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Inspired by 'Roundy'

By:  Carl E. Feather - Star Beacon

September, when the nation pauses to remember the sacrifices of firefighters, is the perfect month for Ashtabula author Eric Johnson and Arcadia Publishing to roll out their new history book about firefighting in Ashtabula.

"Ashtabula Firefighting" looks at the history of the Ashtabula Fire Department from it's birth as the volunteer Eagle Fire Company through nearly a century as a paid department. The paperback book has 128 pages and costs $19.95.

In keeping with the format of other books in Arcadia's "Images of America" series, the book relies heavily upon photographs and captions to tell the story. For the paid-department section of the book, Johnson packages the material by the various eras of the fire chiefs. He also devotes entire chapters to the volunteer departments and the Ashtabula Bridge Disaster's impact on firefighting in the city.

Johnson, 41, is a native of Wisconsin, where he got his introduction to firefighting through an uncle, Ronald "Roundy" Johnson, a volunteer firefighter and EMT with the Cedarburg, Wisc., Fire Department. Like many little boys, Johnson was initially drawn to firefighting by the shiny equipment and excitement of the work, but as he matured, Johnson came to appreciate the sacrificial nature of the volunteer's service.

Joining their ranks didn't resonate with Johnson, however.

"It seemed like something I'd be interested in, but, frankly, I don't do blood and gore too well," he says.

"There's also a religious angle, the idea of a spiritual calling, and for me, while I'm fascinated with firefighting and have great respect for firefighters, my calling seems to be in the area of journalism and writing," he adds.

A broadcast and journalism graduate of Marquette University, Johnson worked as an afternoon drive radio personality and freelance writer for a variety of local, regional and national newspapers and magazines. He is a staff reporter for Gazette Newspapers in Jefferson. His wife, the Rev. Barbara Johnson, is rector of St. Peter's Episcopal Church. They have two school-aged children.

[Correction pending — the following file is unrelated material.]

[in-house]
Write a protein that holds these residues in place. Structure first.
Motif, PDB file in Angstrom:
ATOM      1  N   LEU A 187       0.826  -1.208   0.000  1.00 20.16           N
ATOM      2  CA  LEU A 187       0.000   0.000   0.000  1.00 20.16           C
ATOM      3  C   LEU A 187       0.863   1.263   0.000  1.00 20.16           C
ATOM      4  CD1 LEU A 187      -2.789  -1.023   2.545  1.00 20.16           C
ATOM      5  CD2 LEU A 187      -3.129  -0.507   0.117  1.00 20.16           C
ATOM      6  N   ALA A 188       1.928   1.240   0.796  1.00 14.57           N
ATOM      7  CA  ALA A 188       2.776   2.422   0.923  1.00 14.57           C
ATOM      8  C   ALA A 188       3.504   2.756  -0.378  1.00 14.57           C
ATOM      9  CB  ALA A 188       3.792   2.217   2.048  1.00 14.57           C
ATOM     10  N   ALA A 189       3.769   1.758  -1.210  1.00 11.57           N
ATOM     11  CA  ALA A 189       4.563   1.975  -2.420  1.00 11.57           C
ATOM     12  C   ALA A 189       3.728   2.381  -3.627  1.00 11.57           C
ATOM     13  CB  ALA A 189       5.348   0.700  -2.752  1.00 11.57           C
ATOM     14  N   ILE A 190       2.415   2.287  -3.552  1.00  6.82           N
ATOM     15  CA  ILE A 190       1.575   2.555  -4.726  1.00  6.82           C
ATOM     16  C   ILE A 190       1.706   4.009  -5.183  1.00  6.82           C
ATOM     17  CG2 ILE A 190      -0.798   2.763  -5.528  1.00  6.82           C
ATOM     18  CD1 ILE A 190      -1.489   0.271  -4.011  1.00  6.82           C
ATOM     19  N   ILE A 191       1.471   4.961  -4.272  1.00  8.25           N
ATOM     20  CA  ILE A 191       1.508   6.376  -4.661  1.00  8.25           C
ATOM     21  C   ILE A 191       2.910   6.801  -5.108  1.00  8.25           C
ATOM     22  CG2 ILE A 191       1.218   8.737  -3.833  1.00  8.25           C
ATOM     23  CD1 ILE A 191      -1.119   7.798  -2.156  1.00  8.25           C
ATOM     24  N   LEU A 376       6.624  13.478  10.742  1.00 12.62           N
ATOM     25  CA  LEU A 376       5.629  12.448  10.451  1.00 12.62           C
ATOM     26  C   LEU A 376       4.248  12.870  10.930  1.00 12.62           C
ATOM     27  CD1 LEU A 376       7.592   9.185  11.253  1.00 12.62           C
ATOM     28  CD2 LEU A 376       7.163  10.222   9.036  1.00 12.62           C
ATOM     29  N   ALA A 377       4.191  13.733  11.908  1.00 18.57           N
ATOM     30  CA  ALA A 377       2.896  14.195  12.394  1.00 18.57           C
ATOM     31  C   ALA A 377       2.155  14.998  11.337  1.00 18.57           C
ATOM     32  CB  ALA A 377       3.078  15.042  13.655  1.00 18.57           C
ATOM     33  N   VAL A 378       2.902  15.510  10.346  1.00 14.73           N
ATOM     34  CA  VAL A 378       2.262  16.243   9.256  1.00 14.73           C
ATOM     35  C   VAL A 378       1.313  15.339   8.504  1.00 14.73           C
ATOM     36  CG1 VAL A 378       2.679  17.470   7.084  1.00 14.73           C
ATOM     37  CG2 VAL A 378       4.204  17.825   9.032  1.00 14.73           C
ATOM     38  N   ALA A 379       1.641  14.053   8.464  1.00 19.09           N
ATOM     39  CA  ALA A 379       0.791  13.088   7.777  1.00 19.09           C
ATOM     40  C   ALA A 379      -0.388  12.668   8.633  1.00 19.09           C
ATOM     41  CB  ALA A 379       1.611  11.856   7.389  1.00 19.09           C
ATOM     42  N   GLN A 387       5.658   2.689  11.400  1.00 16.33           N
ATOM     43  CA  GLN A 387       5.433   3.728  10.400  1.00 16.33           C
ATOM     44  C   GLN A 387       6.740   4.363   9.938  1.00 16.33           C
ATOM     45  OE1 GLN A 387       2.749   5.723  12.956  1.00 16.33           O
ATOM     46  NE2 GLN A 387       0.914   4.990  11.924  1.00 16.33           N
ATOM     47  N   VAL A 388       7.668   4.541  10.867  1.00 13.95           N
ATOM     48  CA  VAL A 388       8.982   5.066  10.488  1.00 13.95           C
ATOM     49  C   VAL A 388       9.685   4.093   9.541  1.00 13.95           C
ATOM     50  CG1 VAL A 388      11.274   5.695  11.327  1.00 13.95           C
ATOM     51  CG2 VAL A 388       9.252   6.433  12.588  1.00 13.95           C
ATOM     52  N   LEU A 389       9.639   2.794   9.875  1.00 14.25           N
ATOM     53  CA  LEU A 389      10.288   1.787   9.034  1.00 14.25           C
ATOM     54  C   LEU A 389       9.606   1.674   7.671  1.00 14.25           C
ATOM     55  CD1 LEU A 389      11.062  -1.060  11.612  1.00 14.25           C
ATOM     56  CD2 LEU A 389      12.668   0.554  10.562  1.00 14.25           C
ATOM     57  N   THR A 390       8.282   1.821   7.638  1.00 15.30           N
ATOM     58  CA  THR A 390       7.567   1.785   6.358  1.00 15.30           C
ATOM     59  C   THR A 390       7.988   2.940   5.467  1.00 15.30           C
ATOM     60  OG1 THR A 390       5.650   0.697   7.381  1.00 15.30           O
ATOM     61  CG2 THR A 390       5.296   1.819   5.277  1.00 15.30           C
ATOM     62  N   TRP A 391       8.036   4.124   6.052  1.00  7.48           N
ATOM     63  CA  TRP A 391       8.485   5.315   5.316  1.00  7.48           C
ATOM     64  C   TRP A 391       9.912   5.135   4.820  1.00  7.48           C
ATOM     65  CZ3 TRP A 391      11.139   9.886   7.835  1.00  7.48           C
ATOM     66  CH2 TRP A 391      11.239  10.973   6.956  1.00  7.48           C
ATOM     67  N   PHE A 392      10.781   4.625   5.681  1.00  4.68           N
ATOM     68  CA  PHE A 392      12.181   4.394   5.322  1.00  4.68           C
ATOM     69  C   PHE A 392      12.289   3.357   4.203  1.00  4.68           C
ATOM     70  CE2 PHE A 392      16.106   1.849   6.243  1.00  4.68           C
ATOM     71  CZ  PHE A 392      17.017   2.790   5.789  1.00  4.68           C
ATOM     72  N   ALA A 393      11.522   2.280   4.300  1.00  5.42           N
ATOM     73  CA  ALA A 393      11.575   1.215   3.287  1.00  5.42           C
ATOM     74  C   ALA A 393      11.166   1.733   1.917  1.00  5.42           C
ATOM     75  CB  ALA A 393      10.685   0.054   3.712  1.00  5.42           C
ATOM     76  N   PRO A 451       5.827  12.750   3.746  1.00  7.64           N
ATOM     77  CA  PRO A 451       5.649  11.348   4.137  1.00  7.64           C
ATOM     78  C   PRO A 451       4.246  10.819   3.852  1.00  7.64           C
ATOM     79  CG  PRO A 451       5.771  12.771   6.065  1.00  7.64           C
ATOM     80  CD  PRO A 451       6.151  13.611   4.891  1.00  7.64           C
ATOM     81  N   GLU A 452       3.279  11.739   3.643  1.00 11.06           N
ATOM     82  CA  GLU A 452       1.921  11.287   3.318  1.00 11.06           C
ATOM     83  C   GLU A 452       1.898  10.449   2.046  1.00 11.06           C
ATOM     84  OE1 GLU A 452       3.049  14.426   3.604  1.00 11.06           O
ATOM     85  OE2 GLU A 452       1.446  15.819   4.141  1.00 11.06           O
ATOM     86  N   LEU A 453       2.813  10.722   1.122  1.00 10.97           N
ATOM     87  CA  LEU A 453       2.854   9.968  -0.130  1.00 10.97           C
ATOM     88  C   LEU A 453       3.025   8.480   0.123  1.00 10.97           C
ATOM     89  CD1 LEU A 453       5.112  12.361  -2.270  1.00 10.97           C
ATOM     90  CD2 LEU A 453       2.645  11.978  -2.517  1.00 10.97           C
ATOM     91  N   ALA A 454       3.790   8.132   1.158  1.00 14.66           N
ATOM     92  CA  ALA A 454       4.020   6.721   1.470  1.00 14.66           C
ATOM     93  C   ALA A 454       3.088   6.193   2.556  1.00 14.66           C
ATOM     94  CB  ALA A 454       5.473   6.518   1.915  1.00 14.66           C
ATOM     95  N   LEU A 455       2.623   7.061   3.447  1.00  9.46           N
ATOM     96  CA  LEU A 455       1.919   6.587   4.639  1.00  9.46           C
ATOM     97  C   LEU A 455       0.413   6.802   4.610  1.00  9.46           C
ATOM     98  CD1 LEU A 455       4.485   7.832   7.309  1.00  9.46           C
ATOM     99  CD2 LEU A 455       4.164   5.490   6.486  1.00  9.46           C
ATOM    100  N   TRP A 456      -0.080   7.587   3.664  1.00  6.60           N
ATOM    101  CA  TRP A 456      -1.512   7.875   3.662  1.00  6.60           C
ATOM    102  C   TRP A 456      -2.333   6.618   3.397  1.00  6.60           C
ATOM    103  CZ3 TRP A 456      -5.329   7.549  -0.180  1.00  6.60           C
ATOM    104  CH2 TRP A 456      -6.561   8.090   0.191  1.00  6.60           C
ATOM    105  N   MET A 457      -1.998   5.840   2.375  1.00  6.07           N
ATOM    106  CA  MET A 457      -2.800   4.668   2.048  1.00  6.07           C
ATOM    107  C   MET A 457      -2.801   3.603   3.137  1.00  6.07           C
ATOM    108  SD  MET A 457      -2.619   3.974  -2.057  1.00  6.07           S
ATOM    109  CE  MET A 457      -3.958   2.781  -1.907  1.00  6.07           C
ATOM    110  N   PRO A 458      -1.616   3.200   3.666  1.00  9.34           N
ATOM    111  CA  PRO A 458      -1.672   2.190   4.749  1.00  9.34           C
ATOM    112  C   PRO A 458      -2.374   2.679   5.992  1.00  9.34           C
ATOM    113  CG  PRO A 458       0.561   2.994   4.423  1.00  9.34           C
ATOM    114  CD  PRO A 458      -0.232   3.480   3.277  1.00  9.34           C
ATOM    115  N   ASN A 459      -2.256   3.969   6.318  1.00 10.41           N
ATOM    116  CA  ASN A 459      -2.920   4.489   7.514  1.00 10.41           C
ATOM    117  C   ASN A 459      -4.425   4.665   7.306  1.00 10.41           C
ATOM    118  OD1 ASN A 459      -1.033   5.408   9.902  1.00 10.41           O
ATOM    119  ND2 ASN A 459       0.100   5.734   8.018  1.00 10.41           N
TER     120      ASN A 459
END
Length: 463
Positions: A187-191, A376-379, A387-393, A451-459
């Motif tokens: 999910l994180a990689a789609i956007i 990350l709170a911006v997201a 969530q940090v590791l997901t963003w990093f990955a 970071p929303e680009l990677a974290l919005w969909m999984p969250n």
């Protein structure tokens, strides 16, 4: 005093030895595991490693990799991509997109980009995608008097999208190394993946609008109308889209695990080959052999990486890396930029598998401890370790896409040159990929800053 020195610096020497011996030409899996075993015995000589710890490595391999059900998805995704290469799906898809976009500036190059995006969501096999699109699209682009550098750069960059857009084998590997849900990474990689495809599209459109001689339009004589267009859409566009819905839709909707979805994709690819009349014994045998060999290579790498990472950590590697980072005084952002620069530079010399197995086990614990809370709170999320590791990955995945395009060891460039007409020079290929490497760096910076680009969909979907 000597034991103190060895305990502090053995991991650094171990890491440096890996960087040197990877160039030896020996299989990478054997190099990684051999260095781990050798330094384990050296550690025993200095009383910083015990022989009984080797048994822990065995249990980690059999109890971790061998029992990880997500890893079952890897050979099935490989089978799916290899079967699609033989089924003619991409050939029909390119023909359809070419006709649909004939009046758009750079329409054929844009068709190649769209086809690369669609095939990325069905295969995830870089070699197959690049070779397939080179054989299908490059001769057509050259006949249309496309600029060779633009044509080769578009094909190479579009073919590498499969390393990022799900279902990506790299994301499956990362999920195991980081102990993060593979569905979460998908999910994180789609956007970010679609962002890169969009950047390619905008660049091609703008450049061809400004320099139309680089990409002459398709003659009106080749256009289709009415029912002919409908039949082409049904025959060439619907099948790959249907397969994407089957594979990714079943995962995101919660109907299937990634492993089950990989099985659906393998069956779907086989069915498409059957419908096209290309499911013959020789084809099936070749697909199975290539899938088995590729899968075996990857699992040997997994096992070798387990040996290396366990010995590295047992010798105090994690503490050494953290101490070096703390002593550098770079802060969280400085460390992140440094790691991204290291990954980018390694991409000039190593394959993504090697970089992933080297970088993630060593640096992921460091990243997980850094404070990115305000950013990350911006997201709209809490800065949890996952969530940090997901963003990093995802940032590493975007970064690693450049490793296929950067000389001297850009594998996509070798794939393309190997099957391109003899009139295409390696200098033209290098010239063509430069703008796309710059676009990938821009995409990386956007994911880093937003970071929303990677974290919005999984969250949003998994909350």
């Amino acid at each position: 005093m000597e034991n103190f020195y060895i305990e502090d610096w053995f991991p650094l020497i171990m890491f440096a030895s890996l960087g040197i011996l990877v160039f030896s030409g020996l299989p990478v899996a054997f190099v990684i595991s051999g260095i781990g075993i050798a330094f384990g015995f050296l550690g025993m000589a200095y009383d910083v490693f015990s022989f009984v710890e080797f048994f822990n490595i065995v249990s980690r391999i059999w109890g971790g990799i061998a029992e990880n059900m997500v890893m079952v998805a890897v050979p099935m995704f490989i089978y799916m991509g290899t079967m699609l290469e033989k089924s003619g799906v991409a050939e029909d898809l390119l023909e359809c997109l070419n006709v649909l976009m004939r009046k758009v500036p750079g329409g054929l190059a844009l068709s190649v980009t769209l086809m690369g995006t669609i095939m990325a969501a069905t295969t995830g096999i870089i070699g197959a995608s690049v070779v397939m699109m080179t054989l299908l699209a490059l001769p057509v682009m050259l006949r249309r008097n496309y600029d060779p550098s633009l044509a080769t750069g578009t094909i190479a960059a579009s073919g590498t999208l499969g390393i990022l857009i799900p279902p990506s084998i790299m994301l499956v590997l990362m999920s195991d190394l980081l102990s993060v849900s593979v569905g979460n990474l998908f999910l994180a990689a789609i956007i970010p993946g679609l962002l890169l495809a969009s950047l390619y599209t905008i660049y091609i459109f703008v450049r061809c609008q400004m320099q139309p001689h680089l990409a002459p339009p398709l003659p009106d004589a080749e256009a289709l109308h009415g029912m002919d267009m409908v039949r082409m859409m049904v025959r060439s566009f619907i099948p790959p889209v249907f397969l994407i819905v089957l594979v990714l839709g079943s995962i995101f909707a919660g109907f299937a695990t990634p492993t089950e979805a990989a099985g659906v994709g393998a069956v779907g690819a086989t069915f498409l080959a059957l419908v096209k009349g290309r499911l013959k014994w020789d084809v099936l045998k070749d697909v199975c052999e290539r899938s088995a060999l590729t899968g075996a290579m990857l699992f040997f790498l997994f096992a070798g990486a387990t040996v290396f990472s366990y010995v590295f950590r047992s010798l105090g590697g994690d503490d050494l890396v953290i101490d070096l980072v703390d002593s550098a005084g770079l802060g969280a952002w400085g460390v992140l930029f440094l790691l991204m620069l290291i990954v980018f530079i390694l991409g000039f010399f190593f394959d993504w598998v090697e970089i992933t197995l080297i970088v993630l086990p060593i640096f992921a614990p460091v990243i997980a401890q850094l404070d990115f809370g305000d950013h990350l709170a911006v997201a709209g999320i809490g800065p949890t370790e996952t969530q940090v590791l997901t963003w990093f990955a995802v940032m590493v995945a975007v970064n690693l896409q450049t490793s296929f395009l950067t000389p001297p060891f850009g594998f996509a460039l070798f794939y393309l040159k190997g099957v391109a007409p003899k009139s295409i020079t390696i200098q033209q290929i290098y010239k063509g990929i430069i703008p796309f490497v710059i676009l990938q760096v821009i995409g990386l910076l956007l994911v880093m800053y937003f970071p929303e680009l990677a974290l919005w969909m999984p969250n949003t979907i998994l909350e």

It was while taking a tour of the Ashtabula Fire Department's Station One with his children that Johnson noticed the department's display of historical photographs and memorabilia, which put him on the road to writing a book.

"I looked at those pictures and I said 'What a lot of wonderful pictures; they would make a good book,'" he says.

Richard Balog, who was fire chief at the time, agreed and gave Johnson full access to the department's archives. Engineer John Paul, the department's resident history buff and de facto archivist, also provided much of the research material.

"He was good about gathering stuff together and helping me sort through it," says Johnson.

While living in Rockford, Ill., Johnson produced two postcard history books of that community for Arcadia. Familiar with their format and requirements, he successfully pitched the Ashtabula Firefighting concept to the publisher.

While just about every community has a fire department, Johnson feels there are enough unique aspects to Ashtabula's that make it worthy of it's own book. For starters, from what he could determine in his research, the department has never had an on-the-job firefighter fatality in it's 170-year history.

"They have a lot to be proud about in their department history," says Johnson. "They were one of the first departments to affiliate with the International Association of Firefighters."

The department also has had a few characters among it's ranks, including Chief Adolph T. "Smokey" Rohl, who always provided good copy for reporters. For example, he claimed he could filter the smoke from fires through his ever-present unlit cigar.

Ronald Pristera, who became chief in March, praises Johnson for his hard work on documenting the department's history.

"I think it is great," he says. "The amount of work he put into compiling that history, we appreciate it. ... It's as neat as can be. It's impressive."

Johnson has a supply of the books he is selling himself and is working with area merchants to place books in their stores. He is donating a portion of sales he makes to the department's historical society, of which he is an honorary member. He regards his book as a present to the department on it's 170th birthday.

"I'm the lucky guy who gets to do the research and write this book about the fire department, but the real heroes are the hundreds of men, past and present, who everyday put their lives on the line for the people of this community," he says.

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